David Bordwell's Cat On A Hot Tin Roof

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While the films of classical Hollywood differ in various aspects, there is a unifying style that allows one to look at each film as a piece in a larger picture. Cat on a Hot Tin Roof, a 1958 film directed by Richard Brooks and based on a play of Tennessee Williams, remains conservative throughout which makes it an ideal film to look at to understand the paradigms, as David Bordwell would put it, that ultimately determined the way in which Hollywood films were made. Bordwell uses three different ‘levels of generality’ to describe the common elements among Classical Hollywood films. The first level, devices, is primarily about the technical aspects of the film and deals with the use of common cinematic conventions such as dramatic…show more content…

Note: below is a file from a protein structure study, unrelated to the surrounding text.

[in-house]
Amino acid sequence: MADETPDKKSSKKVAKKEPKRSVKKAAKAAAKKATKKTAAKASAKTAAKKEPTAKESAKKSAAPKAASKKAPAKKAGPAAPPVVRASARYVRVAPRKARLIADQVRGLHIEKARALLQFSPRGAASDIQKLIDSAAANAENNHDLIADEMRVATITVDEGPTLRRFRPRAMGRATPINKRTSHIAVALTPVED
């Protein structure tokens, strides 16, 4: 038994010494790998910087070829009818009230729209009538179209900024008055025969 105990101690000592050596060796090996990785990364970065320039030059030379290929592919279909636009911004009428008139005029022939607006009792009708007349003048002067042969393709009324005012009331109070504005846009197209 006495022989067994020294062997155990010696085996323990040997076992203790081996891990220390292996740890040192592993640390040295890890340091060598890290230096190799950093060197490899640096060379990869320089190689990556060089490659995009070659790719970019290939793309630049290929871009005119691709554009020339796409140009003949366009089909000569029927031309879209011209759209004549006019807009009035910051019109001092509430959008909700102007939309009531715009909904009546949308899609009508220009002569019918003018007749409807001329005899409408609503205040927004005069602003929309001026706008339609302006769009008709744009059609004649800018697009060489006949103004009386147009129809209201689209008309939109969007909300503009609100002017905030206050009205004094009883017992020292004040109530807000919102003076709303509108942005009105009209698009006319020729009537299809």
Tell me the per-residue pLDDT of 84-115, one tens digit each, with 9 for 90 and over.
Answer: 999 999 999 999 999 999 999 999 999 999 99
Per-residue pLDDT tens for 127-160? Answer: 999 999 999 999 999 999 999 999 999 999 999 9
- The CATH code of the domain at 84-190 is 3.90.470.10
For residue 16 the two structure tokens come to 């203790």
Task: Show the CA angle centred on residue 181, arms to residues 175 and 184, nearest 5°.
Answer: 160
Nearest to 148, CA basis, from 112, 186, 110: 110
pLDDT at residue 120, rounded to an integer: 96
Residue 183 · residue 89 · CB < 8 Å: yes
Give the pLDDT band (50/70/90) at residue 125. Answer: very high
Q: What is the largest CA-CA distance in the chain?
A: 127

It is also the longest shot of the scene at about a minute and thirty seconds in length and it provides a turning point for the conversation between Brick and Big Daddy. The length allows the shot to swell to an emotional climax that leads to much quicker cutting in the following shots to build up tension. Hitchcock frequently used similar editing techniques, for example the rapid cutting in the shower in Psycho or the quick cuts as the fire is about to make the car explode in The Birds. It starts by pulling out of a medium close-up on Brick to a medium wide shot, queueing the audience that movement is about to happen. From pulling out though it is apparent that the lighting on Brick has changed dramatically between the two shots, as traditionally more care is taken into lighting close-ups. Brick starts to move to the door with the camera panning with his movement until he arrives at a door that is blocked by Big Daddy. In Classical Hollywood, most camera movements are done through motivated character movement and this film clearly follows this rule with this shot being a stand out representation for this technique. This framing is maintained until we yet again see another instance of camera movement as Brick and Big Daddy then move to the center of the room. At about this time we notice there is some slight thunder outside though it is not overpowering, however once Skipper’s name is mentioned the thunder overwhelms the scene and provides a pause in their conversation. This film uses sound cues often to let the audience know that what is being said is either important for the plot or emotionally important. While most are subtle this is the one cue in the film that feels a bit over the top, as in real life nature is not able to weigh in on the conversations of people. Even without the thunder cue, it is apparent from Paul Newman’s terrific acting and Big Daddy’s movement at
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